As Rio Olympics draws closer, maybe, it’s time for the Indian hockey team to meet Maggie Nolting and understand the exact meaning of ‘putting mind to the job.’ Nolting, a 24-year-old actress from Los Angeles ran a half-marathon in Nevada on crutches spending 3 hours 32 minutes 13 seconds to traverse 13.1 miles and beat 43 people who were running on both feet.
India hockey captain PR Sreejesh leads a team that is over-flowing with skill. Tenacity is what your mind teaches you. Intensity is driven by need, ambition and a hunger that envelops your soul like a building on fire. Ensconced in the Olympic Village in Rio, the hockey team would have done the numbers – it’s been 36 years since the national team last played an Olympic semi-final; it was the Vasudevan Bhaskaran led team of 1980 that won India it’s last gold medal.
Probably, some sports psychologists wouldn’t want these numbers in front of the players. Its an unnecessary baggage they would point out. But there is a world beyond baggage – a world where you need to reclaim what you created. It’s time to add additional pages to what was once a glorious period. Periods don’t die. It’s just that you are not adding the right grade of Uranium to your hunger to win.
In a group that has Holland, Germany, Argentina, Ireland and Canada, it won’t be out of place to say that India can finish in the top three. As per the rules now, a top four finish in the group takes you into the quarter-finals and a shot at the top four. Usually, till now the International Hockey Federation along with the IOC preferred the top two in each group going to the semis.
But seeing that Australia, Germany, Holland and to a large extent Spain constantly dominating the semis, it was required to change the format. Critics would point that teams with lesser ability can create a ‘surprise’ in a quarterfinal play-off. World Cup captain in 1994 when India finished 5th in Sydney, Jude Felix says the top teams would resent the Quarter-Final play-offs. “One bad day would finish off a top team,” he explains. “Usually, teams build up slowly and sometimes it is seen that winning all your group games is not enough. You still need to win a knock-out to enter the semis.” But Jude does agree that it is a great opportunity for India and teams below the top 4. “India needs to play a great game in the Quarters and they will suddenly see themselves in a semi-final spot,” says Jude.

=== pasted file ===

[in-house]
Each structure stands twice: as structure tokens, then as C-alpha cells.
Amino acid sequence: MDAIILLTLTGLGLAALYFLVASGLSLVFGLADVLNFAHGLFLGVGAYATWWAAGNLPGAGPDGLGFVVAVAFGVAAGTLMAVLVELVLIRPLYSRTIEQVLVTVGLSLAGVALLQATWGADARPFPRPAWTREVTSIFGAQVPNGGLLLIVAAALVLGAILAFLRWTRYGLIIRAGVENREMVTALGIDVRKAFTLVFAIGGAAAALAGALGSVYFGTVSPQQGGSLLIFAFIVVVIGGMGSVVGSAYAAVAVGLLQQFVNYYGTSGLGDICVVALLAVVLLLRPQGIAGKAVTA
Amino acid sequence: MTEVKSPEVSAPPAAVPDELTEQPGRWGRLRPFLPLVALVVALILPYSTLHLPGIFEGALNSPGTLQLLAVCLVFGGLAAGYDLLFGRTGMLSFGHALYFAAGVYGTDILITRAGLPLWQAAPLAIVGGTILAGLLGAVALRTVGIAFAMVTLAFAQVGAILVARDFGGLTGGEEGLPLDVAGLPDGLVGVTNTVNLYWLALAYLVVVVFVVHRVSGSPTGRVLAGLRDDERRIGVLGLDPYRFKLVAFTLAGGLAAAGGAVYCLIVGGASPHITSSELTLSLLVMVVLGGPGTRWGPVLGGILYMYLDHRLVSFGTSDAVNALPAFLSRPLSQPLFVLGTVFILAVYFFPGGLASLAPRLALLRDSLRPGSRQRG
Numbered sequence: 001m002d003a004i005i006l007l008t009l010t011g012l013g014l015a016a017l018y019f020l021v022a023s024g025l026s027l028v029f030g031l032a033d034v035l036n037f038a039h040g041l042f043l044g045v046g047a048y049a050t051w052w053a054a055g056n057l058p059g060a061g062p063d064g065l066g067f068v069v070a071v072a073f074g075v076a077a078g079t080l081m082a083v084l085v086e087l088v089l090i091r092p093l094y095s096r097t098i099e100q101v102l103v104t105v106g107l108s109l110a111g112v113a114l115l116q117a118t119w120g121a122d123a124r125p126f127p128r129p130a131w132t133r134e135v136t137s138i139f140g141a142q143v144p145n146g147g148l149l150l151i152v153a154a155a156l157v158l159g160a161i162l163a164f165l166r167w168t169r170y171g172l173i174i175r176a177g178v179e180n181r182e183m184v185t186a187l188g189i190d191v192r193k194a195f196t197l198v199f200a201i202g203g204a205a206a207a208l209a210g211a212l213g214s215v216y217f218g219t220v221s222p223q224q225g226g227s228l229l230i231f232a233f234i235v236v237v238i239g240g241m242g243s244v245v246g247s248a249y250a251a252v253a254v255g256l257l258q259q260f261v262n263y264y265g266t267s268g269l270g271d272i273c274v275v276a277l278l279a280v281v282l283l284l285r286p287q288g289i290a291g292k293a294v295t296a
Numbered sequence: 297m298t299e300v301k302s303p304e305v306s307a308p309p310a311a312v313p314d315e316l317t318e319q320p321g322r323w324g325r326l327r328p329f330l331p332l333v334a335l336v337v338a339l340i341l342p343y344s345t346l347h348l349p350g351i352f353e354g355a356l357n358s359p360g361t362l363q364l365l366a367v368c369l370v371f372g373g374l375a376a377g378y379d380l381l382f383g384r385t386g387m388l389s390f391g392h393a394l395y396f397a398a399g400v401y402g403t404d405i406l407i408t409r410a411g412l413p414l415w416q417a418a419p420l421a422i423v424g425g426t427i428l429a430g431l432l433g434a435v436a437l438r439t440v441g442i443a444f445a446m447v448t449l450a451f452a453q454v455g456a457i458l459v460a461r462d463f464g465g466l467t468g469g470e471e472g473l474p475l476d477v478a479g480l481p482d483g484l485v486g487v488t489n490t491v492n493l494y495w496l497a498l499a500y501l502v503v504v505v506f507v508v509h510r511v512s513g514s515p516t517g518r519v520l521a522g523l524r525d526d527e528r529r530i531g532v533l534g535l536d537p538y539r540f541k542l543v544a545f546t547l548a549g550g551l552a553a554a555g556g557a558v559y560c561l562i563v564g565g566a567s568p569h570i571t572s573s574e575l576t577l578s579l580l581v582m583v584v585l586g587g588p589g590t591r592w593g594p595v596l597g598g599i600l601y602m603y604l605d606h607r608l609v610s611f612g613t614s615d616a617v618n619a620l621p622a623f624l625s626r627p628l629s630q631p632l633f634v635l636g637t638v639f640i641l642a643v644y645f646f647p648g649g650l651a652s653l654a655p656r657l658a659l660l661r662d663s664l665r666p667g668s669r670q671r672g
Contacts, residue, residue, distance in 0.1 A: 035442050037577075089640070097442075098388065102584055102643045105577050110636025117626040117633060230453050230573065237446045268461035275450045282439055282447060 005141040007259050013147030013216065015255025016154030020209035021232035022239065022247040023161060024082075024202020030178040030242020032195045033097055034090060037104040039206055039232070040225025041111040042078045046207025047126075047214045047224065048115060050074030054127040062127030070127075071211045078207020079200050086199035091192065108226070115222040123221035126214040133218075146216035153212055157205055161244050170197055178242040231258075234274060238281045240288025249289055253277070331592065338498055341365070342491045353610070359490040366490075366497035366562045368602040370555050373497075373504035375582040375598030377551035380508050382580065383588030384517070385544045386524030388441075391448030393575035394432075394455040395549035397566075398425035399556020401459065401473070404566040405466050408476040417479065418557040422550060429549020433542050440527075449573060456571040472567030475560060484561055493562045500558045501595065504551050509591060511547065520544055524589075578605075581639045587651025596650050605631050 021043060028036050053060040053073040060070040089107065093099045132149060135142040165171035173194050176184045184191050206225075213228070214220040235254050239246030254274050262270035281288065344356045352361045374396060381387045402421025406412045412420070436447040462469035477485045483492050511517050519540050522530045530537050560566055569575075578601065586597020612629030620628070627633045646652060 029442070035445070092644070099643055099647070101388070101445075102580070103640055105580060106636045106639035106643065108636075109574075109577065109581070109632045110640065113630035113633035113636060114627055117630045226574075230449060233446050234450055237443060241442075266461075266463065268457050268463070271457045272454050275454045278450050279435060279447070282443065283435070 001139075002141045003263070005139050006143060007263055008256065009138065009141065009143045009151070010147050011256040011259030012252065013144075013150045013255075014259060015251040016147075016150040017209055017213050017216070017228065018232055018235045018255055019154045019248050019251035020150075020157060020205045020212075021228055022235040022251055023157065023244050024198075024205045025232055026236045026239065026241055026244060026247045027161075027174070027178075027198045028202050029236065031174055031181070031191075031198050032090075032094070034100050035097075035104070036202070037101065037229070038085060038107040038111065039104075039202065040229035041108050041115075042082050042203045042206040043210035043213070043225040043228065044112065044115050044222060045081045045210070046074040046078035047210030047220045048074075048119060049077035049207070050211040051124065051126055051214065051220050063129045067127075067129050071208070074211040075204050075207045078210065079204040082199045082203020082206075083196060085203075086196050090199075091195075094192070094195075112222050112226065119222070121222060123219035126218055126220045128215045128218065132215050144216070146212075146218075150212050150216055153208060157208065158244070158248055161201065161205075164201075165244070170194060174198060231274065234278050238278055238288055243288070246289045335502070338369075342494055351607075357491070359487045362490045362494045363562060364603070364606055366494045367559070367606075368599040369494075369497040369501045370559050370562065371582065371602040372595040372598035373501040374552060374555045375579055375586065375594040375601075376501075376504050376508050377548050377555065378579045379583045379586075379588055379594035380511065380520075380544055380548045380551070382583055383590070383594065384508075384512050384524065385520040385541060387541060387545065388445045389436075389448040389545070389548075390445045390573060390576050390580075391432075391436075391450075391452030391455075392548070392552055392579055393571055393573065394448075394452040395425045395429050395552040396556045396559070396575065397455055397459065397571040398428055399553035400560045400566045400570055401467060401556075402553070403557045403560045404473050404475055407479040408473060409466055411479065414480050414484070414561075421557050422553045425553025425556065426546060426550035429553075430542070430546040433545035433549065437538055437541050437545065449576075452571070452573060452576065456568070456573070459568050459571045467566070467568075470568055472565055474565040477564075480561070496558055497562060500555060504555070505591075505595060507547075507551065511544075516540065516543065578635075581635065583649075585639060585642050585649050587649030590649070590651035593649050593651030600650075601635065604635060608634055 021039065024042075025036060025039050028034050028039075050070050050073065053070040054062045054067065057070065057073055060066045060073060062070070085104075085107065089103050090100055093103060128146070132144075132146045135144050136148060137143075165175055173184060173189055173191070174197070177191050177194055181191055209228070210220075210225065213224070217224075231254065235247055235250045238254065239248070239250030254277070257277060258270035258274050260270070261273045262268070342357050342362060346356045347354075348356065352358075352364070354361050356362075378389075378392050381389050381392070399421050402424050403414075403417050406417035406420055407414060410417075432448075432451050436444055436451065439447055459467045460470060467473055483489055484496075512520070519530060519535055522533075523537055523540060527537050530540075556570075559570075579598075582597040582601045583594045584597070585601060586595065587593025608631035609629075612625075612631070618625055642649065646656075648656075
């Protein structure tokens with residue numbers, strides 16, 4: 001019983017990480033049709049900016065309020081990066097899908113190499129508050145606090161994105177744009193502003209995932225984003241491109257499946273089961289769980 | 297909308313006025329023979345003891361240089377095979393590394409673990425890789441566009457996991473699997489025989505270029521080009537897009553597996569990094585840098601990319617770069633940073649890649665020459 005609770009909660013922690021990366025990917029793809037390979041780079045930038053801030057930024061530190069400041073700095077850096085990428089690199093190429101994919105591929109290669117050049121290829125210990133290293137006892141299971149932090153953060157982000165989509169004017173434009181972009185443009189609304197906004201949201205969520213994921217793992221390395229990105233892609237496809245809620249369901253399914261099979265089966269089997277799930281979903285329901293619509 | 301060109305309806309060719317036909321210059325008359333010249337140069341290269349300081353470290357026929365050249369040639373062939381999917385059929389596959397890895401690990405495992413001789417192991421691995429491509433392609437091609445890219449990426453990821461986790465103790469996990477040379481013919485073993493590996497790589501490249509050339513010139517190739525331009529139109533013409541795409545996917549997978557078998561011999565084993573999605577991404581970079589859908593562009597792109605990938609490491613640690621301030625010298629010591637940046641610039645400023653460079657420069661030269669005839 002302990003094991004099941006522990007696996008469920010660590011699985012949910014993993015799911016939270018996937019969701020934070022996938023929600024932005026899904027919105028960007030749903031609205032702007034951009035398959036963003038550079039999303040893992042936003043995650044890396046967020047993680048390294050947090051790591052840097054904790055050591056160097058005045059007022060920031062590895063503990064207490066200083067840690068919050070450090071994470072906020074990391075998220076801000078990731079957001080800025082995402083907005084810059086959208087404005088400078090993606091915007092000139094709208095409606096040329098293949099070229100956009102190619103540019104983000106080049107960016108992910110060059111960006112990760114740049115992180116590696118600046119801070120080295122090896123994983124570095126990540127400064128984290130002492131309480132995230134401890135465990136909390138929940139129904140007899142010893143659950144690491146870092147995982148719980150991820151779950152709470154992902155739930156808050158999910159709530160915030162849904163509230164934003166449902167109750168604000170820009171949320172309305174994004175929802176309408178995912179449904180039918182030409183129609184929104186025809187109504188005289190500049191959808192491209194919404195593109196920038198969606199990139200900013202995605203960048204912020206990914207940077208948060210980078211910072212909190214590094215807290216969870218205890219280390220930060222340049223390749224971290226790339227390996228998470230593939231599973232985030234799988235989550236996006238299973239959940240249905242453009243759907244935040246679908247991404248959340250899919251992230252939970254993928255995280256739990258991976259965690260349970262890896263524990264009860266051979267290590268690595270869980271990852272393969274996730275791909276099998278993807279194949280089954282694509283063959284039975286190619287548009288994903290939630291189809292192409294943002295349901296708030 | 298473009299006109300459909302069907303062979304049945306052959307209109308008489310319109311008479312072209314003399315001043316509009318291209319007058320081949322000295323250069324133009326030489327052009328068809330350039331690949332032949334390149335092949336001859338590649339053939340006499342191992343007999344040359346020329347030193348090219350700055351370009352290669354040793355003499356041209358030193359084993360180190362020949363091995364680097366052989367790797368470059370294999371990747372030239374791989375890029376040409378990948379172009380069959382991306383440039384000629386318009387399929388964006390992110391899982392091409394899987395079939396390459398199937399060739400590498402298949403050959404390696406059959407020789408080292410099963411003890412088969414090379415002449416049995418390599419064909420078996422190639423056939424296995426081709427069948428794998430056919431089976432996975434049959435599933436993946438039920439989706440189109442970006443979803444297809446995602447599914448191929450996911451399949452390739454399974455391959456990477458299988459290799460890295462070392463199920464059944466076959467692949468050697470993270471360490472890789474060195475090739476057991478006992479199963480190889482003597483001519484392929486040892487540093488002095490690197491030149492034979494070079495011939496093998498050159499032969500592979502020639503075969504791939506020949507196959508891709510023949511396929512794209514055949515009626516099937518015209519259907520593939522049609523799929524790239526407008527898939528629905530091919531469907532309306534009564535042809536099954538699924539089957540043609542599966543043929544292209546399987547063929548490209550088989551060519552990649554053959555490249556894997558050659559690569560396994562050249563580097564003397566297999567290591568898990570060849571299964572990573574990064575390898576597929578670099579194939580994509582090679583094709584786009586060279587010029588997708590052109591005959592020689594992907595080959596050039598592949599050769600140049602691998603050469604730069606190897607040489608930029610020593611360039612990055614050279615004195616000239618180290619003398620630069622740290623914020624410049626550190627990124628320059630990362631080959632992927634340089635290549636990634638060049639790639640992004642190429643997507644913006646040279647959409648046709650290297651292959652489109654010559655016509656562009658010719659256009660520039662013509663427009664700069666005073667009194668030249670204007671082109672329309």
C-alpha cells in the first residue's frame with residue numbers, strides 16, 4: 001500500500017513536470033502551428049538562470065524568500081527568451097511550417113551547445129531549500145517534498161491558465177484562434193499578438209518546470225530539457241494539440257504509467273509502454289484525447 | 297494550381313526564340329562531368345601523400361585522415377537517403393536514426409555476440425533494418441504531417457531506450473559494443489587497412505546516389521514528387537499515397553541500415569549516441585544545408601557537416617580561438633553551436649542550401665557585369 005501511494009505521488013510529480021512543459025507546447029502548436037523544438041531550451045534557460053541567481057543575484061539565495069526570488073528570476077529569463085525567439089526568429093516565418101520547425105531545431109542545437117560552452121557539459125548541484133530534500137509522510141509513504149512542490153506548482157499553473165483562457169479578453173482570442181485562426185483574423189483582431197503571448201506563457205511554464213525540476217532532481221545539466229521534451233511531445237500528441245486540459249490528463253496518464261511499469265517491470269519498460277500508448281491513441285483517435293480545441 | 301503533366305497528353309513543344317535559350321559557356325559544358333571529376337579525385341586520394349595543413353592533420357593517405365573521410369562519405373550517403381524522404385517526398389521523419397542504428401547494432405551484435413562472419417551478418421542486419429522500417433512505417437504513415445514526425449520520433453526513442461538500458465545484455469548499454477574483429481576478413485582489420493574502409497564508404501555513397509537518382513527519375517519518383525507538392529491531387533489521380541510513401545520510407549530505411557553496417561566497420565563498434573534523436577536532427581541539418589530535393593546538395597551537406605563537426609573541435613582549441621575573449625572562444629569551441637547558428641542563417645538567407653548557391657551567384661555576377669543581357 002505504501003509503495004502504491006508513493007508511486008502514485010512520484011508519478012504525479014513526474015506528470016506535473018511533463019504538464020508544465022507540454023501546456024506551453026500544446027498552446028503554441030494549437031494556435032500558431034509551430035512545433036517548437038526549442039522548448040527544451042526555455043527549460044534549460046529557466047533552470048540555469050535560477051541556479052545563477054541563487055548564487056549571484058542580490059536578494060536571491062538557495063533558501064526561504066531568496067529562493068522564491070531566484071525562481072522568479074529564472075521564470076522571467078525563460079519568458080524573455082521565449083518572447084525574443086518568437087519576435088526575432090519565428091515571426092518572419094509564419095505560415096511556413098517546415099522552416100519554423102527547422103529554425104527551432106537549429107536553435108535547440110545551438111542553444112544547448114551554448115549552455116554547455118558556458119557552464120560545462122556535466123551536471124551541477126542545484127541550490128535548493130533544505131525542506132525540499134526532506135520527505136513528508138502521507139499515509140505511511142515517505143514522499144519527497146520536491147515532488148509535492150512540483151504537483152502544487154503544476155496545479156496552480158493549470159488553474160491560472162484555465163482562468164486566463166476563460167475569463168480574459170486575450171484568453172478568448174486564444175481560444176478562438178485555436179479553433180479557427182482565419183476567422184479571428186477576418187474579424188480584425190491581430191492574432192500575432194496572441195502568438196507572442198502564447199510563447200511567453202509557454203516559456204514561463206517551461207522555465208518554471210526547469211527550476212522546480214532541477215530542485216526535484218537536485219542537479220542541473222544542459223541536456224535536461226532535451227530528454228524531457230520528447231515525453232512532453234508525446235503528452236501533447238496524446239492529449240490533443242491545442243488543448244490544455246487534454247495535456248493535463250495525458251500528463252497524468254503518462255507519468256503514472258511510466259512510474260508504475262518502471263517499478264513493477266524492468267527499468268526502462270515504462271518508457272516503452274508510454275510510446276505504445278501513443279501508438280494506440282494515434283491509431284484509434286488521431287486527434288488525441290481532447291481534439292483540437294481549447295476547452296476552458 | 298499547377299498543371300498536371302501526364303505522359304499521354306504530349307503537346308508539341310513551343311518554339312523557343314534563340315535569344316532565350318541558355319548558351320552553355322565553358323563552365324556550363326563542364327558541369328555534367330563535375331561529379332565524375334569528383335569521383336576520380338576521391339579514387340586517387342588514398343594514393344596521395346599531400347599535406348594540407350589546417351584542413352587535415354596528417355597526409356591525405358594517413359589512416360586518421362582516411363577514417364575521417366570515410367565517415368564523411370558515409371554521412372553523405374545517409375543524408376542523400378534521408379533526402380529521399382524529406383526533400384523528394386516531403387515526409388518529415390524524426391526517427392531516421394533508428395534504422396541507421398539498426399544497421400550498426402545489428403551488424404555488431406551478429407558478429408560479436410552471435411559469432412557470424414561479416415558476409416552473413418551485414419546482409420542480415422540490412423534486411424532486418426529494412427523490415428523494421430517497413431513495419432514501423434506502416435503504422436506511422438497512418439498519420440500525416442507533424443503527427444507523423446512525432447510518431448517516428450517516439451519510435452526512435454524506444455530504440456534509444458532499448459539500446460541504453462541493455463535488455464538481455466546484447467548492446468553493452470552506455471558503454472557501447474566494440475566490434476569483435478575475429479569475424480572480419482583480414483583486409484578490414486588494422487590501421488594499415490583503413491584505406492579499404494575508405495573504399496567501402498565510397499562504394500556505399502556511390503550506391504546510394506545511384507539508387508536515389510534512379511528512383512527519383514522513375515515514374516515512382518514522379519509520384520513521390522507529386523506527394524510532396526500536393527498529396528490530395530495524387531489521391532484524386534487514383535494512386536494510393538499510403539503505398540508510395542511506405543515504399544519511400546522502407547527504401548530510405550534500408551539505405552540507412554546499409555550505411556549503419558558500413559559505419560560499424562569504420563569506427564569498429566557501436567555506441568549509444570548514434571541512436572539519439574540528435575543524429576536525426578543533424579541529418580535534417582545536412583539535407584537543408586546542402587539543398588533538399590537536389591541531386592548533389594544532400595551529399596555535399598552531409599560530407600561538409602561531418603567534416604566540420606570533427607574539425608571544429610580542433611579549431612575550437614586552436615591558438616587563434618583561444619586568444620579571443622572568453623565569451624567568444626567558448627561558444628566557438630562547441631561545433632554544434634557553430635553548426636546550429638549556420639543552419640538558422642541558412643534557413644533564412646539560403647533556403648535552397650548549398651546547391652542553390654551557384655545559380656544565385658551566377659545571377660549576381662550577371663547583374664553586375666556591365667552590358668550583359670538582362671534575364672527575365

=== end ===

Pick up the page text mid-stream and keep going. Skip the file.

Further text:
Anil Aldrin, full back at the 1996 Atlanta Games, believes the format would have been effective in a 16-nation format. But also says that “the change in format will make the early stages less critical in terms of the possibility of a bad day at the office. At the same time the knock out stages can prove exciting and open up the tournament to all eight teams.”
Irrespective of the argument about big and small teams in the Olympic format, India open their campaign on August 6th against what you could label effectively as the ‘minnows’ – Ireland. It’s a tough opener. Ireland beat Malaysia and Pakistan at the World League semis and with Australia’s Oceania Cup win, Ireland’s Rio trip was on.
If India is stressed by the fact that it’s been 36 years since they entered the last four of the tournament, imagine what Ireland must be going through. The Irish played their last Olympics, 108 years back in 1908 in London, losing the final to Great Britain. It’s an impressive piece of stat; played one Olympic, won silver.
For the Indians, it’s a tough game. The first match, in the last two decades, has been a worrying factor. In fact, from 1928 till 1964 Tokyo, India never lost an opening match in the Olympics. New Zealand first defeated them in the 1968 Mexico Games 2-1. Holland drew with India 1-1 in the 1972 Munich Olympics. And then in 1988 Seoul, Russia beat them 1-0 in the opening match.
In Barcelona, Germany outplayed India 3-0 and then in Atlanta, Argentina beat India 1-0. India did turn the tables on Argentina in 2000 Sydney beating them 3-0 in the opening match but promptly lost the opening games in the next two games – 3-1 to Holland in Athens and 2-3 again to the Dutch in London. India didn’t qualify for the Games in Beijing; probably, Indian hockey’s biggest black mark.